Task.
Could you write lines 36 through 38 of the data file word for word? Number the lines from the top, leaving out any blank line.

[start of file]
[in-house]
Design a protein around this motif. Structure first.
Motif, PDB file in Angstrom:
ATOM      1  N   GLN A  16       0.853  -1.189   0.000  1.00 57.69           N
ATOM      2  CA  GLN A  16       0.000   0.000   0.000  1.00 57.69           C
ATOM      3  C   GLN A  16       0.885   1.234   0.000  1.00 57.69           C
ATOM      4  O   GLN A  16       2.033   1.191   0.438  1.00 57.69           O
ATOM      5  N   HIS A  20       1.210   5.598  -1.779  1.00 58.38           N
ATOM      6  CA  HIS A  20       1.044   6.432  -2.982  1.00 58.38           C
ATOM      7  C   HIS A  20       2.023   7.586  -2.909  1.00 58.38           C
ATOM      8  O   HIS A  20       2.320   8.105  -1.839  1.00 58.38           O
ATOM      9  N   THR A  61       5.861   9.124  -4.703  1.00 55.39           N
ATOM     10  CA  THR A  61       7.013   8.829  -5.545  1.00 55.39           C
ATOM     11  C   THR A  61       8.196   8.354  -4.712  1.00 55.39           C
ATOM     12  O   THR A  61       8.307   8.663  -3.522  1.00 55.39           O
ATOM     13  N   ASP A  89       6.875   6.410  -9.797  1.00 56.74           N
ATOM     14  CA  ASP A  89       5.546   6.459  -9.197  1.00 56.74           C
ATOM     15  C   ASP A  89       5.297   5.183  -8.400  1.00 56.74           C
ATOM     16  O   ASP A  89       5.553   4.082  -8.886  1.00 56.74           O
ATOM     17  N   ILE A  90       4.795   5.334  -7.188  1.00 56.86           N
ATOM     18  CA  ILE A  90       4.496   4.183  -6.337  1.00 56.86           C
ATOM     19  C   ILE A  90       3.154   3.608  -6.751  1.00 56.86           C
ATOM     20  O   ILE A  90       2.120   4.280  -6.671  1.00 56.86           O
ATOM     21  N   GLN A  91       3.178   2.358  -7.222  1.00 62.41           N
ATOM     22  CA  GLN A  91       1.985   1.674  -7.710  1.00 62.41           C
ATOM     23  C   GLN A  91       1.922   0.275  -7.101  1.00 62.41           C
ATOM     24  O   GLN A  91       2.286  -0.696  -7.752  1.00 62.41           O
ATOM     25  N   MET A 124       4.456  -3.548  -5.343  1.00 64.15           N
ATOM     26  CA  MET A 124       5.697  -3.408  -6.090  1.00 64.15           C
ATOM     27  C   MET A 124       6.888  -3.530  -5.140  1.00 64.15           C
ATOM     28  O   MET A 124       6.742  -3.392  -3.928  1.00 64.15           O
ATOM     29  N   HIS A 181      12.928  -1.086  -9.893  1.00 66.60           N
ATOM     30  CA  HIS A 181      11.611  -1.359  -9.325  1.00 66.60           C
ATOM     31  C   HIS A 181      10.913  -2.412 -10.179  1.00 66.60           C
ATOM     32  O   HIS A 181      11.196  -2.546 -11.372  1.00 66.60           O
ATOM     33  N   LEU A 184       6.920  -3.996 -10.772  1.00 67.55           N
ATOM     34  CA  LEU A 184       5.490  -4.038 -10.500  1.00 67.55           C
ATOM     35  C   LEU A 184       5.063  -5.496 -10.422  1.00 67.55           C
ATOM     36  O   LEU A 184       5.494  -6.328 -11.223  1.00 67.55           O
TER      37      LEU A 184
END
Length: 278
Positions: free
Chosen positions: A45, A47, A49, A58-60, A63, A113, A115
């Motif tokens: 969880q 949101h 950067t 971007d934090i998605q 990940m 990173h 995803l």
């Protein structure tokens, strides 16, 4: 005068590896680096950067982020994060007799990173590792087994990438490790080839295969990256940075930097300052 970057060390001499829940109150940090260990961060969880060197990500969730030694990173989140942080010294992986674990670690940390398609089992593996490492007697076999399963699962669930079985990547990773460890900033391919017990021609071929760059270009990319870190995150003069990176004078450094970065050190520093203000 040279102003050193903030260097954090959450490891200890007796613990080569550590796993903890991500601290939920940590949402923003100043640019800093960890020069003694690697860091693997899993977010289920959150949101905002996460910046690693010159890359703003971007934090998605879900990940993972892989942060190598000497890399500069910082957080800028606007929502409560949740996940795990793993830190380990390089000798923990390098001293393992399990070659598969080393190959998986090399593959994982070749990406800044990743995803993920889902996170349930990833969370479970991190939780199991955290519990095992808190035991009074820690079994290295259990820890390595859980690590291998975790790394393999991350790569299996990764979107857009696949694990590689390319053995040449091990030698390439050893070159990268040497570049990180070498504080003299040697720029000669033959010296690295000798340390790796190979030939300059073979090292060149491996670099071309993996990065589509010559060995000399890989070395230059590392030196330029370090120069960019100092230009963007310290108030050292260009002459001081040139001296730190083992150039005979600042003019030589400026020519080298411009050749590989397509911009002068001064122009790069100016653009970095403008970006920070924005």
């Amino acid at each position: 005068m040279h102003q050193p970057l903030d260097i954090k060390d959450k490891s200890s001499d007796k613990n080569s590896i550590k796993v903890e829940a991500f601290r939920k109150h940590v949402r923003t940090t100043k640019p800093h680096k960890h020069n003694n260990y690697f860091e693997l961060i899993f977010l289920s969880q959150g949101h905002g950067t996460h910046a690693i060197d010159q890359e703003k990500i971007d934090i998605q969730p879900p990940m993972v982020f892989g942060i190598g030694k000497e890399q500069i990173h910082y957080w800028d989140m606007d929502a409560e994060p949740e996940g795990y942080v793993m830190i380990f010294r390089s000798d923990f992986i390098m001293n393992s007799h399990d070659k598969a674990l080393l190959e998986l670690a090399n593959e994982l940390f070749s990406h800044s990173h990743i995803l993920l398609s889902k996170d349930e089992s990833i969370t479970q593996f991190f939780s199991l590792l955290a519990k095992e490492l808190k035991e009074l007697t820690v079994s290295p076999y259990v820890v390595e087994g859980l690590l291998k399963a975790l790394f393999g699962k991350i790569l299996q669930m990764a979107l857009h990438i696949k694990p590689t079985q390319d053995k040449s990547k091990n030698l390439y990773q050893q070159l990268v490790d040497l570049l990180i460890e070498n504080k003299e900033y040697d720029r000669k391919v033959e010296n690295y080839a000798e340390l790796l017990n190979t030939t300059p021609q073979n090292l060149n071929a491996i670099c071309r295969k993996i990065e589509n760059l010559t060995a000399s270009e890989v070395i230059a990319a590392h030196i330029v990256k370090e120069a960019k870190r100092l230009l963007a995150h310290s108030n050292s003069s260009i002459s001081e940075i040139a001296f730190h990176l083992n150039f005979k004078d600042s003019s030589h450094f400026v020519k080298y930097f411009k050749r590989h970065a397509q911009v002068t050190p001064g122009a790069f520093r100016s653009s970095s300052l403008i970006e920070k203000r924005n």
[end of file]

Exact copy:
ATOM     33  N   LEU A 184       6.920  -3.996 -10.772  1.00 67.55           N
ATOM     34  CA  LEU A 184       5.490  -4.038 -10.500  1.00 67.55           C
ATOM     35  C   LEU A 184       5.063  -5.496 -10.422  1.00 67.55           C